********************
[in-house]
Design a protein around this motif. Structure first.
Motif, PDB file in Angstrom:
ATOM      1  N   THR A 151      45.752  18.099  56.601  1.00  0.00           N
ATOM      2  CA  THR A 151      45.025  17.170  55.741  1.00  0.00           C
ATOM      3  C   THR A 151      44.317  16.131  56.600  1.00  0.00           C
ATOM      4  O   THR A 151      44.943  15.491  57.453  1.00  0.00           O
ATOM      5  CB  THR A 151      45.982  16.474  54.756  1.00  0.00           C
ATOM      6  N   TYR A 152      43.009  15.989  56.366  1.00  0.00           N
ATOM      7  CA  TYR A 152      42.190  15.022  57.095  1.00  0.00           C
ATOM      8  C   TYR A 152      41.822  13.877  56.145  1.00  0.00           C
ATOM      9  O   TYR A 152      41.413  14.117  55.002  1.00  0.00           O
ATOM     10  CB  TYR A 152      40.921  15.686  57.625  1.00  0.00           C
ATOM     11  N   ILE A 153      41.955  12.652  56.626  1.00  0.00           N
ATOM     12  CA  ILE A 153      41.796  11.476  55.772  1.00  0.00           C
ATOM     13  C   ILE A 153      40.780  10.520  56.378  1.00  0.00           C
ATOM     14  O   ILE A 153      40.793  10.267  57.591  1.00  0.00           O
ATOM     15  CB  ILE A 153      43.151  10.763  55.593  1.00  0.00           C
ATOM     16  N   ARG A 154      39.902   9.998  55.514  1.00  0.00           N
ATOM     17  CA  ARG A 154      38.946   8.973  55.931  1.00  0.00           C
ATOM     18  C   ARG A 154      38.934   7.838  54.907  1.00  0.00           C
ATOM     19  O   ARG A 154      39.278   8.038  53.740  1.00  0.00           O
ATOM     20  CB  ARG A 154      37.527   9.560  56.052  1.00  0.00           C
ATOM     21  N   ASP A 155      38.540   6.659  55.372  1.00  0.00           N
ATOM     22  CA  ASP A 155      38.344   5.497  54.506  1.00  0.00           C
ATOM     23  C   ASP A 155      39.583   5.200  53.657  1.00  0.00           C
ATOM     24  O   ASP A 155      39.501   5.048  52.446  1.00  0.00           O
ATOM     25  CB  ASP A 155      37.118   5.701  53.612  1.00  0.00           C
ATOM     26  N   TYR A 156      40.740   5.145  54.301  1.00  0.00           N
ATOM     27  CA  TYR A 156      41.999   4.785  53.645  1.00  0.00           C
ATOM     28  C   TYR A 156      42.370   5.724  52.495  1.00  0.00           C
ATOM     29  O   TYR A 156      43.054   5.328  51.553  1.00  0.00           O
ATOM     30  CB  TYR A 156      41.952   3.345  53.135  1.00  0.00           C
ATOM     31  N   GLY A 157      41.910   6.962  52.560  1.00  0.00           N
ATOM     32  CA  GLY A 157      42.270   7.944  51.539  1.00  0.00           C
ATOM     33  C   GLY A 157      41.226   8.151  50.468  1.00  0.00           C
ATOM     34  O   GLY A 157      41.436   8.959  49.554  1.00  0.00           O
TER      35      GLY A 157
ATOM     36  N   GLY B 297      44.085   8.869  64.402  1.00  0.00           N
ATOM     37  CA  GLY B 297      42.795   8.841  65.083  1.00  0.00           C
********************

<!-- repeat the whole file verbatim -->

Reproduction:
[in-house]
Design a protein around this motif. Structure first.
Motif, PDB file in Angstrom:
ATOM      1  N   THR A 151      45.752  18.099  56.601  1.00  0.00           N
ATOM      2  CA  THR A 151      45.025  17.170  55.741  1.00  0.00           C
ATOM      3  C   THR A 151      44.317  16.131  56.600  1.00  0.00           C
ATOM      4  O   THR A 151      44.943  15.491  57.453  1.00  0.00           O
ATOM      5  CB  THR A 151      45.982  16.474  54.756  1.00  0.00           C
ATOM      6  N   TYR A 152      43.009  15.989  56.366  1.00  0.00           N
ATOM      7  CA  TYR A 152      42.190  15.022  57.095  1.00  0.00           C
ATOM      8  C   TYR A 152      41.822  13.877  56.145  1.00  0.00           C
ATOM      9  O   TYR A 152      41.413  14.117  55.002  1.00  0.00           O
ATOM     10  CB  TYR A 152      40.921  15.686  57.625  1.00  0.00           C
ATOM     11  N   ILE A 153      41.955  12.652  56.626  1.00  0.00           N
ATOM     12  CA  ILE A 153      41.796  11.476  55.772  1.00  0.00           C
ATOM     13  C   ILE A 153      40.780  10.520  56.378  1.00  0.00           C
ATOM     14  O   ILE A 153      40.793  10.267  57.591  1.00  0.00           O
ATOM     15  CB  ILE A 153      43.151  10.763  55.593  1.00  0.00           C
ATOM     16  N   ARG A 154      39.902   9.998  55.514  1.00  0.00           N
ATOM     17  CA  ARG A 154      38.946   8.973  55.931  1.00  0.00           C
ATOM     18  C   ARG A 154      38.934   7.838  54.907  1.00  0.00           C
ATOM     19  O   ARG A 154      39.278   8.038  53.740  1.00  0.00           O
ATOM     20  CB  ARG A 154      37.527   9.560  56.052  1.00  0.00           C
ATOM     21  N   ASP A 155      38.540   6.659  55.372  1.00  0.00           N
ATOM     22  CA  ASP A 155      38.344   5.497  54.506  1.00  0.00           C
ATOM     23  C   ASP A 155      39.583   5.200  53.657  1.00  0.00           C
ATOM     24  O   ASP A 155      39.501   5.048  52.446  1.00  0.00           O
ATOM     25  CB  ASP A 155      37.118   5.701  53.612  1.00  0.00           C
ATOM     26  N   TYR A 156      40.740   5.145  54.301  1.00  0.00           N
ATOM     27  CA  TYR A 156      41.999   4.785  53.645  1.00  0.00           C
ATOM     28  C   TYR A 156      42.370   5.724  52.495  1.00  0.00           C
ATOM     29  O   TYR A 156      43.054   5.328  51.553  1.00  0.00           O
ATOM     30  CB  TYR A 156      41.952   3.345  53.135  1.00  0.00           C
ATOM     31  N   GLY A 157      41.910   6.962  52.560  1.00  0.00           N
ATOM     32  CA  GLY A 157      42.270   7.944  51.539  1.00  0.00           C
ATOM     33  C   GLY A 157      41.226   8.151  50.468  1.00  0.00           C
ATOM     34  O   GLY A 157      41.436   8.959  49.554  1.00  0.00           O
TER      35      GLY A 157
ATOM     36  N   GLY B 297      44.085   8.869  64.402  1.00  0.00           N
ATOM     37  CA  GLY B 297      42.795   8.841  65.083  1.00  0.00           C